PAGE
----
“Open your heart to your suffering”, Toni Bernhard
There can be little doubt that those of us with fibromyalgia/chronic fatigue have challenges that have forced us to live life differently than those who have ‘health privilege’. Often thought of as malingering, hypochondriac, weak, attention-seeking, depressed people we often live in quiet desperation. By now we recognize that we have developed these conditions because of an over-stimulated nervous system that cannot sustain itself in a healthy manner any longer.
It is as though we have overstretched the central nervous system just as a rubber band might become less elastic after constant overstretching. Whatever normal is, our hyperaroused nervous system is suffering from years of responding to stimuli that are too overwhelming for our sensitive natures and has become functionally abnormal.
In spite of the fact that fibromyalgia is not a disease, but a dis-ease, perhaps precipitated by an illness or accident, or long-standing stresses from general life experiences, we have become chronically ill because of the pain, fatigue, and myriad of other symptoms with which we are faced.
I have written over the years I am always struck by the physical and psychic pain of the readers. Some are functioning fairly well while many others are bedridden and socially isolated. None of us live with the expectation we will be cured of the pain, fatigue, intense itching, depression, anxiety, nausea, flu-like symptoms, and other debilitating challenges of these syndromes. Therefore we are left with this question posed by Toni Bernhard:” Can we live a good and fulfilling life when our activities are so severely curtailed?”. The answer, of course, is “YES!”, if we live in the moment.
I want to encourage readers to read this book as the daily/yearly experiences of Toni Bernhard are so similar to many who write to me often (and painfully), wondering how to keep on keeping on. After reading her book I decided to practice her exercise which she calls “drop it”, similar to ‘letting go’. As my anxieties escalate during the day I deliberately think about the thought I am having at that moment then I consciously drop it.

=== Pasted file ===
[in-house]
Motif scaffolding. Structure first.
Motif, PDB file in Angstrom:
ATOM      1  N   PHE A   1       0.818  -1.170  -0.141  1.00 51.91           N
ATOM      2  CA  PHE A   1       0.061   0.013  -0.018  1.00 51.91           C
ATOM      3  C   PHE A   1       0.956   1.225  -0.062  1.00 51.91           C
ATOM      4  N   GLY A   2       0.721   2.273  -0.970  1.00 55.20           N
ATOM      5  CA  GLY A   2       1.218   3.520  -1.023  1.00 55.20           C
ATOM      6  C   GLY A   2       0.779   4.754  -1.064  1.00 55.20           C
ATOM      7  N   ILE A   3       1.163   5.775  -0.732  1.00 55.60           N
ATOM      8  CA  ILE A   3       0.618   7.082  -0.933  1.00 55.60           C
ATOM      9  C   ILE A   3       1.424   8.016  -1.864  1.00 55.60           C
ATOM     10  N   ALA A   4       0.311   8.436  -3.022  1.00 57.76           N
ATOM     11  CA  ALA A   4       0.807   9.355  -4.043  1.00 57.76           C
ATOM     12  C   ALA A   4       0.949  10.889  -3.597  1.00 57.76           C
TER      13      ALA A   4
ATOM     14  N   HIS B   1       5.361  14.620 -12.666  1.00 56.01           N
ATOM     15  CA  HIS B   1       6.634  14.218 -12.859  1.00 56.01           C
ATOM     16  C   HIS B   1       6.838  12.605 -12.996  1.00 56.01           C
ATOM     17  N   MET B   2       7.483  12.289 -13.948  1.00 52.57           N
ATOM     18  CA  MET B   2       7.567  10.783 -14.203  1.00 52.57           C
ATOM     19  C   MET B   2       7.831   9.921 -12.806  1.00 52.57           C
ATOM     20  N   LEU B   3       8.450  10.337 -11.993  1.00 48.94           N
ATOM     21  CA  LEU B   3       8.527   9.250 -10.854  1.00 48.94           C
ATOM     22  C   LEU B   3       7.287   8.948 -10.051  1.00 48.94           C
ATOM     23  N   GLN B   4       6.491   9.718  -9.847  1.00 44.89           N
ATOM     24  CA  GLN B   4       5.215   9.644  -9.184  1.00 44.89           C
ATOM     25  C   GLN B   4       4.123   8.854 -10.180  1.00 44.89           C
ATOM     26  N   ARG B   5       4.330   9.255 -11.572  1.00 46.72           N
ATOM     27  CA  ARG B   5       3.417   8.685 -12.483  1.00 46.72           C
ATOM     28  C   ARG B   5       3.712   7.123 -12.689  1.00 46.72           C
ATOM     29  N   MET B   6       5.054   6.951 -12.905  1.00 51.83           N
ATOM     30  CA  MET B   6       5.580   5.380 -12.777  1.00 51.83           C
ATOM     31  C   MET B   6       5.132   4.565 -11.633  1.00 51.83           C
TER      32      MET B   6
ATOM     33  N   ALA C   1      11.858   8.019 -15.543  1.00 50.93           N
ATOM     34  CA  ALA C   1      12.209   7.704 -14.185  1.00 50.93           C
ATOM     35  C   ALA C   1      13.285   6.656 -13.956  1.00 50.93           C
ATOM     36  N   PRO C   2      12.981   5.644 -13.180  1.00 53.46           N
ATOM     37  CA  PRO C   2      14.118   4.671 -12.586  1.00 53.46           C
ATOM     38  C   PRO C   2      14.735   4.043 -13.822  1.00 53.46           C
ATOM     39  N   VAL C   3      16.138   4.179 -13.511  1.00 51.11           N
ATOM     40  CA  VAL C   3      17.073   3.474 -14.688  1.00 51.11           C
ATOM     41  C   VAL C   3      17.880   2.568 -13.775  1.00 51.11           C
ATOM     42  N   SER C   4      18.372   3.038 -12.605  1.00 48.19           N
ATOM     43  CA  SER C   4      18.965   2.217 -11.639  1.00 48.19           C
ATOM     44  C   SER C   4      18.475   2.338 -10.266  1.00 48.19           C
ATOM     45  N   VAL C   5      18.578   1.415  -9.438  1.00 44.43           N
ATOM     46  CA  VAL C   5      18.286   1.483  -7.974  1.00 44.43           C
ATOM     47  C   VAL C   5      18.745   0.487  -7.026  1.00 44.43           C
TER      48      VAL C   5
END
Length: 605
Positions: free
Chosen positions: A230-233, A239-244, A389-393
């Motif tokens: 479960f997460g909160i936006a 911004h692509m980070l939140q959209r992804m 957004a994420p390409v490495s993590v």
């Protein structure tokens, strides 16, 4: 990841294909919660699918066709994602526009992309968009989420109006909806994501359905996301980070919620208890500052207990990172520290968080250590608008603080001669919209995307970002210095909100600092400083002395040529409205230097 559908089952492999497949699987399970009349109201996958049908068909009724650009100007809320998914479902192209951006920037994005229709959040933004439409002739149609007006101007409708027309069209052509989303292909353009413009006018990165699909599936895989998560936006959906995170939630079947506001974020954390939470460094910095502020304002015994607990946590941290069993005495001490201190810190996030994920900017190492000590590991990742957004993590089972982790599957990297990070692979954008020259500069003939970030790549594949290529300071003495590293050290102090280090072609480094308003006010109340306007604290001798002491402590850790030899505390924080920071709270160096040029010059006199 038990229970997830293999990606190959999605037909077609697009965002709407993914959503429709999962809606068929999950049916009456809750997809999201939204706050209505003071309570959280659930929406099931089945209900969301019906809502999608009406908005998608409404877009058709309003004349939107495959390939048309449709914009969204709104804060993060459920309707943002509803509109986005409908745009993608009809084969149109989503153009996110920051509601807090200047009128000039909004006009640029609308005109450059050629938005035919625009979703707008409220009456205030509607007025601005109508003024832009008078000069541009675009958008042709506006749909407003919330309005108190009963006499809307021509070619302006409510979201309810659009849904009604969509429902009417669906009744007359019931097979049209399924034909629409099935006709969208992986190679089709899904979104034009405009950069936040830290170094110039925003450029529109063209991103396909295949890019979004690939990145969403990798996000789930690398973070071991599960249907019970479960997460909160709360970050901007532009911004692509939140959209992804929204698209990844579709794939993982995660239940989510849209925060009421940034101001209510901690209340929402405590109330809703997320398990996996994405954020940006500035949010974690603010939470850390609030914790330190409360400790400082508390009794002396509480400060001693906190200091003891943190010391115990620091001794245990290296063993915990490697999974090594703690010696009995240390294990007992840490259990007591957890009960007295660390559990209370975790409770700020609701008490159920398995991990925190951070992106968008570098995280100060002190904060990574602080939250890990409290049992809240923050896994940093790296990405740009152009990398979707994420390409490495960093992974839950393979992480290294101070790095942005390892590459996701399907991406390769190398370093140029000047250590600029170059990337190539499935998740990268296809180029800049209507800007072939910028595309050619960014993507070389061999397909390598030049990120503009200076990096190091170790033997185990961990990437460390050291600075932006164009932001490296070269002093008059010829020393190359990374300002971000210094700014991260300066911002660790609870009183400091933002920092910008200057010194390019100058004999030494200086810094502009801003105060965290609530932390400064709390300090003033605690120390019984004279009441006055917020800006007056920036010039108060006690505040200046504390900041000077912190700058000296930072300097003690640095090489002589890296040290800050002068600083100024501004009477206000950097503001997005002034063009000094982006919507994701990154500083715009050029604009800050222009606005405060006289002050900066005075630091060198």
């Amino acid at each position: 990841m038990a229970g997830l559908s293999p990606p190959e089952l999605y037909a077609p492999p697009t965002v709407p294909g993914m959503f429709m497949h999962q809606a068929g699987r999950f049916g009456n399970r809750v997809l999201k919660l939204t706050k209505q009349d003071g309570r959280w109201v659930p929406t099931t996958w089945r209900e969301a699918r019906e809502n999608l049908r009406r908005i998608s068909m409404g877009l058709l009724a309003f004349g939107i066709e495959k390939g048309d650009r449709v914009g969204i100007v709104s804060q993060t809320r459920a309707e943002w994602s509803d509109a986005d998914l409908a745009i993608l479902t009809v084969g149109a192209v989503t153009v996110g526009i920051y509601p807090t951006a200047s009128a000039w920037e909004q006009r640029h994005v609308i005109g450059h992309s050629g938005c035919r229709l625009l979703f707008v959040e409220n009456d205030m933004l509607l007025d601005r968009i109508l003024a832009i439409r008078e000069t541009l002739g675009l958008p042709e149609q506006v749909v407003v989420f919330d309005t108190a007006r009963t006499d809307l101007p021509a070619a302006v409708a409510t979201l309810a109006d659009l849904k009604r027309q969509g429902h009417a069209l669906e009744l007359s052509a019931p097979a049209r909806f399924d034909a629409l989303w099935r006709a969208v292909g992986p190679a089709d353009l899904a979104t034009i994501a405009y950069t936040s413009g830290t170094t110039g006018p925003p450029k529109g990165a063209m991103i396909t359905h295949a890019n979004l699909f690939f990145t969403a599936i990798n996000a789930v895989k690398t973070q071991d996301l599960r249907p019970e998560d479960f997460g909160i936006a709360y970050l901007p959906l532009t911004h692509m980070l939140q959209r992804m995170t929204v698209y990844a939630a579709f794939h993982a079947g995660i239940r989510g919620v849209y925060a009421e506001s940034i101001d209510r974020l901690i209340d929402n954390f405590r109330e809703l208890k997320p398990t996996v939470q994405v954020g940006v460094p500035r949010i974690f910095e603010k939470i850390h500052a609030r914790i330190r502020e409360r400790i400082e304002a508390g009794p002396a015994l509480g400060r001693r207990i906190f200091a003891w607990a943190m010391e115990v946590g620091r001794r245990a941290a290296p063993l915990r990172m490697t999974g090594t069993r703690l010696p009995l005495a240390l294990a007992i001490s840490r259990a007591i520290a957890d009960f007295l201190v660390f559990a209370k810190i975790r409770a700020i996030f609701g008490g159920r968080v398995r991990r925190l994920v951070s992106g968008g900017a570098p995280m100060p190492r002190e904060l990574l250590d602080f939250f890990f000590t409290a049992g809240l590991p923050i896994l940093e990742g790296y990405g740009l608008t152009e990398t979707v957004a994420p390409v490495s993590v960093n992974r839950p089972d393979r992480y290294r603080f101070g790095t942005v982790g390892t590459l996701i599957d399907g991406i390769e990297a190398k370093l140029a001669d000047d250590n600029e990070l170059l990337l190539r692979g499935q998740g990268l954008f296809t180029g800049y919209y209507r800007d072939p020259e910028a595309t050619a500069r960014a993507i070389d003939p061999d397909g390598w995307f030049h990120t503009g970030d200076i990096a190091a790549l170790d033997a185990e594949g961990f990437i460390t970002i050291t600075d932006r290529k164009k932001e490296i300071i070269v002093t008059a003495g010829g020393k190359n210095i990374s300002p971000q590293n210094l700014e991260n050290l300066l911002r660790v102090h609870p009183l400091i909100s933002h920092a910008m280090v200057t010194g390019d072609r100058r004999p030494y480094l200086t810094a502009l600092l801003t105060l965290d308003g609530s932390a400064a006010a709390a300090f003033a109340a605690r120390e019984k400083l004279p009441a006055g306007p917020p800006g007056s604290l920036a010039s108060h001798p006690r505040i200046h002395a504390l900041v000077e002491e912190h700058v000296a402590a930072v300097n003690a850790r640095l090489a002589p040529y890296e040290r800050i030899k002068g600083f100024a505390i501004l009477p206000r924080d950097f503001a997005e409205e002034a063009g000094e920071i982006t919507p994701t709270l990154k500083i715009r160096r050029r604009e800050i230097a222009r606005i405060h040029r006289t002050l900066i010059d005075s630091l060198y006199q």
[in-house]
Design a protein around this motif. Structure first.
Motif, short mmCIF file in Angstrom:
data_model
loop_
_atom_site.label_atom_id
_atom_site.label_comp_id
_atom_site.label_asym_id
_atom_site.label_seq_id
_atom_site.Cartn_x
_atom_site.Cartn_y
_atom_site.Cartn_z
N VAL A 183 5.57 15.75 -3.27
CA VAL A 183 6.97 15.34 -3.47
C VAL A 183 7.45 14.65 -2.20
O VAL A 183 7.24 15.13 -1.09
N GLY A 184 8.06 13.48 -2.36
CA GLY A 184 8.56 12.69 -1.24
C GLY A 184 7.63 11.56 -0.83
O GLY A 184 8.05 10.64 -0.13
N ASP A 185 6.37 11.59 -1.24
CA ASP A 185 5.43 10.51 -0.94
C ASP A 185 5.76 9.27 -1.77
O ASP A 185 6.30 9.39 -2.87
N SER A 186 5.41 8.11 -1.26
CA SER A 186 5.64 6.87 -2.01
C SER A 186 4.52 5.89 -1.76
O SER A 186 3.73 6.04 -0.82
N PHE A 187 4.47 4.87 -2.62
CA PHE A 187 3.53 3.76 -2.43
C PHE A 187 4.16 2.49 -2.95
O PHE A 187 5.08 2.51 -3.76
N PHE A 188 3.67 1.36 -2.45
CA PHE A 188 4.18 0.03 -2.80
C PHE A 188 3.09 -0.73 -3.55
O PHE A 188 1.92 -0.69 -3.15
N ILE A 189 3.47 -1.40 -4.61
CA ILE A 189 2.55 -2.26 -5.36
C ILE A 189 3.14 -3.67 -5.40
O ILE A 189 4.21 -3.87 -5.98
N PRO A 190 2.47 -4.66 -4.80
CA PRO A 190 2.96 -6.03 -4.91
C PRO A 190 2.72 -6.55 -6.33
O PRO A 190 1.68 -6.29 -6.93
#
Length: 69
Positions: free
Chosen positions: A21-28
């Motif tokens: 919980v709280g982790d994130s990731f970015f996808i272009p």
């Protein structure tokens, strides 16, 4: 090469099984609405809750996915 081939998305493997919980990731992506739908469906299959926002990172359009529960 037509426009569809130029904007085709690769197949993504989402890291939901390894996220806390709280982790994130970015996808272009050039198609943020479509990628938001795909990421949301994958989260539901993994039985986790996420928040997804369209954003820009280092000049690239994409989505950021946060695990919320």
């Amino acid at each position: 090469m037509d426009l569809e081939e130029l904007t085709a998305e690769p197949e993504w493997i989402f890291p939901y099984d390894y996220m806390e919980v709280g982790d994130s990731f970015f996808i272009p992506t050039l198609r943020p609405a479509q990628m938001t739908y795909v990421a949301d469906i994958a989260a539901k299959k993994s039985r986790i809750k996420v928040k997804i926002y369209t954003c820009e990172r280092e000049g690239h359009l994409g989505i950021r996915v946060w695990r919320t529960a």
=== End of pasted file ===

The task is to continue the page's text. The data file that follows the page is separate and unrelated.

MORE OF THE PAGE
I live with the focussed anxiety of having a flare-up from fibromyalgia/chronic fatigue, living with a huge painful herniated L4-5 disk, and worrying about having another heart attack, all the while knowing I must exercise at least 30 minutes a day in spite of the pain. So, for me, the anxieties are almost constant. Dropping the thought has been very helpful.
I can’t say it lasts a long time, but I have been keeping on track and repeating the phrase over and over. In short, as I have been writing about for years now- I am trying to change my brain and short circuit that trodden down path to another that is called ‘living in the moment, or ‘mindfulness meditation’.
I no longer speak of my fibromyalgia/chronic fatigue with health care professionals- the search for answers is fruitless. I can experience joy if I live in the moment and not look back to a life that I can barely remember- one without pain. I can not predict what tomorrow will bring. I only have it now.
There are many of us living with medically unexplained symptoms, such as those fibromyalgia/chronic fatigue, multiple chemical sensitivities, Gulf War illness, and post-traumatic stress disorders, most of which are also called somatization disorder, a label that can place us in the realm of psychiatric investigation and therefore denigrated by many health professionals.
As Toni Bernhard has written: “As you experience the unpleasant mental sensations of being treated in a dismissive manner by this medical person, instead of reacting with aversion, consciously move your mind toward the sublime state of loving-kindness, compassion, or equanimity– directing the sublime state at yourself”.
This is the essence of mindfulness meditation- being kind to ourselves- exploring our thoughts without criticism, without judgment. In the words of Jon Kabat-Zinn: “Mindfulness means paying attention in a particular way: on purpose, in the present moment, and nonjudgmentally” (Wherever You Go There You Are).
There isn’t any other way for us to proceed: we can’t change our diagnoses by lamenting, ruminating, seeking one treatment after another, or depressing about our conditions. Now comes the difficult part- practice-practice-practice what I preach. Be kind to me and open my damaged heart to my suffering, without reproach or wishing for what cannot be!
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